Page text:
To increase the success of toilet-training your child with autism, you should be aware of the signs showing he/she is prepared for it. Among the possible signs are:
- When he/she shows awareness in being wet or soiled by pulling at or trying to take off a wet or soiled diaper, and/or trying to vocalize the displeasure of feeling wet or soiled
- When he/she tries to take you to the bathroom or gets a clean diaper
- When he/she stays dry and clean most nights
- When he/she responds to positive reinforcement or reward
- When he/she can imitate actions like sitting on the toilet
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How to Prepare for a Successful Potty Training Process
To ensure a successful toilet-training process, make sure your child doesn’t have any medical issues. A visit to the family doctor for a physical exam is a good idea. You should also contact your physician if you observe unusual signs such as painful urination, too much or too little urination, and/or the inability to hold urine.
Here are other tips for preparing to toilet-train your child:
- Experts say you should track and make a chart on the condition of your child every 20 to 30 minutes. Observe whether the child is wet, dry, or dirty. Continue monitoring his/her condition at least once a day per week after starting his/her training to keep track of progress.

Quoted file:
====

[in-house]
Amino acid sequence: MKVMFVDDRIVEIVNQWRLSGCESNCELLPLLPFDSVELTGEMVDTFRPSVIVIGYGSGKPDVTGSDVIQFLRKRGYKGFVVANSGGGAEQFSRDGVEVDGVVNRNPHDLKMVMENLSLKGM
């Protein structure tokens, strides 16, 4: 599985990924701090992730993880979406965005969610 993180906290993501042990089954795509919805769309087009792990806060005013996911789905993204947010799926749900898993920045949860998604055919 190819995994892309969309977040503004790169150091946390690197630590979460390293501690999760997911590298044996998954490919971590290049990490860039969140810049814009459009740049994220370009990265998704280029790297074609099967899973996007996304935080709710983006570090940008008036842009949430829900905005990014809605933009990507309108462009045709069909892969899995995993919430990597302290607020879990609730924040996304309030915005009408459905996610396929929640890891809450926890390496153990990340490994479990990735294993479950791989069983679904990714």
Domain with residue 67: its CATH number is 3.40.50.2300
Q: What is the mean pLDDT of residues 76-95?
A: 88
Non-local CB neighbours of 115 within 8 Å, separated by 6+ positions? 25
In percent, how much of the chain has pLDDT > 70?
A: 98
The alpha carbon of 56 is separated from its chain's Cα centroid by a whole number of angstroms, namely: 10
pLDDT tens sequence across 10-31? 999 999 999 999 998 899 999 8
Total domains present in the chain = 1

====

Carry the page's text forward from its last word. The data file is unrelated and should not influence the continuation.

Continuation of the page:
- Based on the conditions you monitored, plan a schedule for going to the toilet. Prepare your bathroom and other areas in your house where the training will be conducted. Remove distractions and install the necessary accessories and equipment.
- Schedule a toilet training routine and share it with your child. You could create a picture or visual chart, as well as verbal cues of the routine so your child can fully understand it. As the child progresses, you can gradually remove the cues.
- Always give positive feedback on each accomplishment of your child. You may also use reinforcements, incentives, or rewards. Be patient with your child and give him/her time to practice the scheduled routines.
How to potty train an autistic child or Toilet Training Process with Autism
Here are some steps you can follow in toilet training your child: